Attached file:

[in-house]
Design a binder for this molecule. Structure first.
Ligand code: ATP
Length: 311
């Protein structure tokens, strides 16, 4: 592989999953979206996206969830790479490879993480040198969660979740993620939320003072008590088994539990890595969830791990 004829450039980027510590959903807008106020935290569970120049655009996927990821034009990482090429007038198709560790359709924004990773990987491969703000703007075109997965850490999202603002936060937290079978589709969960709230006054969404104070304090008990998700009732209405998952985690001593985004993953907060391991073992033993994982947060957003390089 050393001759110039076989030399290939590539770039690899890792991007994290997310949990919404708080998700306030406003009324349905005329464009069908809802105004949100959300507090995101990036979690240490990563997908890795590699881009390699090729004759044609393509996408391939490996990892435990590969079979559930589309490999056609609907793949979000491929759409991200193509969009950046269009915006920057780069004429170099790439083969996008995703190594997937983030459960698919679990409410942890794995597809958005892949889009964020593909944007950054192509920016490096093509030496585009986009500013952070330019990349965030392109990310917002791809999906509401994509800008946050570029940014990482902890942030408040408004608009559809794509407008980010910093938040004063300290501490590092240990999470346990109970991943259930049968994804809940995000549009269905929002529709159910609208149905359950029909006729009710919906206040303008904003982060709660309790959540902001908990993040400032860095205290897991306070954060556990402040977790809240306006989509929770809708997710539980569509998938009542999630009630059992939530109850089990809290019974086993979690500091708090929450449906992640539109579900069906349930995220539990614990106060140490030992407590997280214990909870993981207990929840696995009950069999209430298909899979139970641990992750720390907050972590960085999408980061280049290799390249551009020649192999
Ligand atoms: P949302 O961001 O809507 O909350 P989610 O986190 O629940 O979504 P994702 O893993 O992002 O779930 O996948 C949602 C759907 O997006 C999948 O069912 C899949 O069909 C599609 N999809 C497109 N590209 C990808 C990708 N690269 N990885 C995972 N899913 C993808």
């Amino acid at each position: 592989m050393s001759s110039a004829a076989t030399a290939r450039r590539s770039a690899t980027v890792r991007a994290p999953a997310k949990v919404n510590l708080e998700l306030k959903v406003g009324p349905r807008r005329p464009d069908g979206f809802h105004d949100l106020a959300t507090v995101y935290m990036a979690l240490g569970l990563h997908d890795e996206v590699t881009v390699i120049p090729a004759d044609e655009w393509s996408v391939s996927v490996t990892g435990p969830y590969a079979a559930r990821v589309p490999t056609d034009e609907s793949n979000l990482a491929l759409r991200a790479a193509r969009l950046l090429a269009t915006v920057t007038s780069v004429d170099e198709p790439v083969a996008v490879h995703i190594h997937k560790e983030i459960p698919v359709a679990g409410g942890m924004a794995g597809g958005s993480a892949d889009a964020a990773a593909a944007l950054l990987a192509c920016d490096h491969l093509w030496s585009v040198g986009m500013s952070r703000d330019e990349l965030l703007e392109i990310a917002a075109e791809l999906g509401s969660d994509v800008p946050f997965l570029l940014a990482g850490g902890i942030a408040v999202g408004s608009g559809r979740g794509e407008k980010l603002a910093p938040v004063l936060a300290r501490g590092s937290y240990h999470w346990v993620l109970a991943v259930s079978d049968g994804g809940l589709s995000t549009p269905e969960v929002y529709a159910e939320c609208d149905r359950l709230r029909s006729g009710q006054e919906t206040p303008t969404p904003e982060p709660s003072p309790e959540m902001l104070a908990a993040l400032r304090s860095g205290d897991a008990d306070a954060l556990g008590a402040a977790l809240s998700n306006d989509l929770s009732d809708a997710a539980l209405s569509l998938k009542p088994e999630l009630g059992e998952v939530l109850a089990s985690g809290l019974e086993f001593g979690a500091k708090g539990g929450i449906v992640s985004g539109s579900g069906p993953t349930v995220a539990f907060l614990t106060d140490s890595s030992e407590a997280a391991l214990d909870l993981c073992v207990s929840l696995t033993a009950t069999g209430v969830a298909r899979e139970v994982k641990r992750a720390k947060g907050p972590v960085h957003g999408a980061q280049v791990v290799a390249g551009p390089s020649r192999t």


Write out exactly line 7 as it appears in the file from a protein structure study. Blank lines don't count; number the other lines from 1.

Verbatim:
């Amino acid at each position: 592989m050393s001759s110039a004829a076989t030399a290939r450039r590539s770039a690899t980027v890792r991007a994290p999953a997310k949990v919404n510590l708080e998700l306030k959903v406003g009324p349905r807008r005329p464009d069908g979206f809802h105004d949100l106020a959300t507090v995101y935290m990036a979690l240490g569970l990563h997908d890795e996206v590699t881009v390699i120049p090729a004759d044609e655009w393509s996408v391939s996927v490996t990892g435990p969830y590969a079979a559930r990821v589309p490999t056609d034009e609907s793949n979000l990482a491929l759409r991200a790479a193509r969009l950046l090429a269009t915006v920057t007038s780069v004429d170099e198709p790439v083969a996008v490879h995703i190594h997937k560790e983030i459960p698919v359709a679990g409410g942890m924004a794995g597809g958005s993480a892949d889009a964020a990773a593909a944007l950054l990987a192509c920016d490096h491969l093509w030496s585009v040198g986009m500013s952070r703000d330019e990349l965030l703007e392109i990310a917002a075109e791809l999906g509401s969660d994509v800008p946050f997965l570029l940014a990482g850490g902890i942030a408040v999202g408004s608009g559809r979740g794509e407008k980010l603002a910093p938040v004063l936060a300290r501490g590092s937290y240990h999470w346990v993620l109970a991943v259930s079978d049968g994804g809940l589709s995000t549009p269905e969960v929002y529709a159910e939320c609208d149905r359950l709230r029909s006729g009710q006054e919906t206040p303008t969404p904003e982060p709660s003072p309790e959540m902001l104070a908990a993040l400032r304090s860095g205290d897991a008990d306070a954060l556990g008590a402040a977790l809240s998700n306006d989509l929770s009732d809708a997710a539980l209405s569509l998938k009542p088994e999630l009630g059992e998952v939530l109850a089990s985690g809290l019974e086993f001593g979690a500091k708090g539990g929450i449906v992640s985004g539109s579900g069906p993953t349930v995220a539990f907060l614990t106060d140490s890595s030992e407590a997280a391991l214990d909870l993981c073992v207990s929840l696995t033993a009950t069999g209430v969830a298909r899979e139970v994982k641990r992750a720390k947060g907050p972590v960085h957003g999408a980061q280049v791990v290799a390249g551009p390089s020649r192999t």